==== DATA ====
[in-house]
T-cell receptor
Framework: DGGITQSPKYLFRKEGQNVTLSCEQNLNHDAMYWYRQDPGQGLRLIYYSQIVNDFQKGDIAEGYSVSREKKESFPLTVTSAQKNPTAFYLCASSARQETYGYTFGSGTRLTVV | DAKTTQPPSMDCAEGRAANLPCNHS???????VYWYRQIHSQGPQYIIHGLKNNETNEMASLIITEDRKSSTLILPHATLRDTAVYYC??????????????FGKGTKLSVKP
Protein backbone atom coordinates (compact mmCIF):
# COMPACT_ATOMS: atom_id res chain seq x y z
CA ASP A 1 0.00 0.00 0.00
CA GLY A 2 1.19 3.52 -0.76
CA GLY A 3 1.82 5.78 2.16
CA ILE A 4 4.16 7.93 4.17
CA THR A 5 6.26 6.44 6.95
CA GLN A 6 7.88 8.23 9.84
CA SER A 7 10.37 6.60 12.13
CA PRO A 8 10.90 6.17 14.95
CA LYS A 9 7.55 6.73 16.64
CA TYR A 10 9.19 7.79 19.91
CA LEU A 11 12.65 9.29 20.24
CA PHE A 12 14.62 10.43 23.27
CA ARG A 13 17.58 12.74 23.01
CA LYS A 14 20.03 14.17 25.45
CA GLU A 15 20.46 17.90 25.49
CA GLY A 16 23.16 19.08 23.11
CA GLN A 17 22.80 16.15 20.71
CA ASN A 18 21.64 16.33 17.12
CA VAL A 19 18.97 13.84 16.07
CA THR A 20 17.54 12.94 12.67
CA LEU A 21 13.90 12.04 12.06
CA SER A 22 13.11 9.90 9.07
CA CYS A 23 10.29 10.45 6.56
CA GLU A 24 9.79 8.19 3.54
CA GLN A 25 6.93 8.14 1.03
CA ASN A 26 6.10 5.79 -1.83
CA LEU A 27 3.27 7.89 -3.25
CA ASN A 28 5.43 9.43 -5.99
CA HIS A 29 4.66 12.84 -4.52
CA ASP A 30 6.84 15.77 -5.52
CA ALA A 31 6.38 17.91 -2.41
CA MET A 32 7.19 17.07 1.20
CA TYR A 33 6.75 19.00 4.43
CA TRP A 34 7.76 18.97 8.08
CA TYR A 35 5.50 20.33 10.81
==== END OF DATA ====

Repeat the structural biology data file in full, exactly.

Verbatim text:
[in-house]
T-cell receptor
Framework: DGGITQSPKYLFRKEGQNVTLSCEQNLNHDAMYWYRQDPGQGLRLIYYSQIVNDFQKGDIAEGYSVSREKKESFPLTVTSAQKNPTAFYLCASSARQETYGYTFGSGTRLTVV | DAKTTQPPSMDCAEGRAANLPCNHS???????VYWYRQIHSQGPQYIIHGLKNNETNEMASLIITEDRKSSTLILPHATLRDTAVYYC??????????????FGKGTKLSVKP
Protein backbone atom coordinates (compact mmCIF):
# COMPACT_ATOMS: atom_id res chain seq x y z
CA ASP A 1 0.00 0.00 0.00
CA GLY A 2 1.19 3.52 -0.76
CA GLY A 3 1.82 5.78 2.16
CA ILE A 4 4.16 7.93 4.17
CA THR A 5 6.26 6.44 6.95
CA GLN A 6 7.88 8.23 9.84
CA SER A 7 10.37 6.60 12.13
CA PRO A 8 10.90 6.17 14.95
CA LYS A 9 7.55 6.73 16.64
CA TYR A 10 9.19 7.79 19.91
CA LEU A 11 12.65 9.29 20.24
CA PHE A 12 14.62 10.43 23.27
CA ARG A 13 17.58 12.74 23.01
CA LYS A 14 20.03 14.17 25.45
CA GLU A 15 20.46 17.90 25.49
CA GLY A 16 23.16 19.08 23.11
CA GLN A 17 22.80 16.15 20.71
CA ASN A 18 21.64 16.33 17.12
CA VAL A 19 18.97 13.84 16.07
CA THR A 20 17.54 12.94 12.67
CA LEU A 21 13.90 12.04 12.06
CA SER A 22 13.11 9.90 9.07
CA CYS A 23 10.29 10.45 6.56
CA GLU A 24 9.79 8.19 3.54
CA GLN A 25 6.93 8.14 1.03
CA ASN A 26 6.10 5.79 -1.83
CA LEU A 27 3.27 7.89 -3.25
CA ASN A 28 5.43 9.43 -5.99
CA HIS A 29 4.66 12.84 -4.52
CA ASP A 30 6.84 15.77 -5.52
CA ALA A 31 6.38 17.91 -2.41
CA MET A 32 7.19 17.07 1.20
CA TYR A 33 6.75 19.00 4.43
CA TRP A 34 7.76 18.97 8.08
CA TYR A 35 5.50 20.33 10.81